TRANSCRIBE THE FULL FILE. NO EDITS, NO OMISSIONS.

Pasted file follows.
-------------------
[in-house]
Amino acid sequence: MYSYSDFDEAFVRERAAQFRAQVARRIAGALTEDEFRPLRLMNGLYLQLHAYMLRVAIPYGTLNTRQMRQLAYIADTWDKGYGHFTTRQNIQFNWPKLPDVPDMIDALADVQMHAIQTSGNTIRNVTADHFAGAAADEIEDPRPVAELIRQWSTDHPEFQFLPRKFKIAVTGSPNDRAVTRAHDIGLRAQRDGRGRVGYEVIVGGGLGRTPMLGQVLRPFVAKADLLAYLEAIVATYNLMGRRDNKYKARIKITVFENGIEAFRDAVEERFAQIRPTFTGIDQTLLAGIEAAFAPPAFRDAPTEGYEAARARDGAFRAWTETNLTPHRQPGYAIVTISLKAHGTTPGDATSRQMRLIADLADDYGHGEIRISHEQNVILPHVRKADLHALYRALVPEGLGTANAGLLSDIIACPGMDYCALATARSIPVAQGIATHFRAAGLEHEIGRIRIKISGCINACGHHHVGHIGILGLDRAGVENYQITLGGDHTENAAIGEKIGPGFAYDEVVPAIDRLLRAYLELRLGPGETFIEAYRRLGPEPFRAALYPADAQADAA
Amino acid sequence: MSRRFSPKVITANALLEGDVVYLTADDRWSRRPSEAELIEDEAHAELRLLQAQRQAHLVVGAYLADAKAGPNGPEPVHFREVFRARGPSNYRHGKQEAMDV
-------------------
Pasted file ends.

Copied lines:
[in-house]
Amino acid sequence: MYSYSDFDEAFVRERAAQFRAQVARRIAGALTEDEFRPLRLMNGLYLQLHAYMLRVAIPYGTLNTRQMRQLAYIADTWDKGYGHFTTRQNIQFNWPKLPDVPDMIDALADVQMHAIQTSGNTIRNVTADHFAGAAADEIEDPRPVAELIRQWSTDHPEFQFLPRKFKIAVTGSPNDRAVTRAHDIGLRAQRDGRGRVGYEVIVGGGLGRTPMLGQVLRPFVAKADLLAYLEAIVATYNLMGRRDNKYKARIKITVFENGIEAFRDAVEERFAQIRPTFTGIDQTLLAGIEAAFAPPAFRDAPTEGYEAARARDGAFRAWTETNLTPHRQPGYAIVTISLKAHGTTPGDATSRQMRLIADLADDYGHGEIRISHEQNVILPHVRKADLHALYRALVPEGLGTANAGLLSDIIACPGMDYCALATARSIPVAQGIATHFRAAGLEHEIGRIRIKISGCINACGHHHVGHIGILGLDRAGVENYQITLGGDHTENAAIGEKIGPGFAYDEVVPAIDRLLRAYLELRLGPGETFIEAYRRLGPEPFRAALYPADAQADAA
Amino acid sequence: MSRRFSPKVITANALLEGDVVYLTADDRWSRRPSEAELIEDEAHAELRLLQAQRQAHLVVGAYLADAKAGPNGPEPVHFREVFRARGPSNYRHGKQEAMDV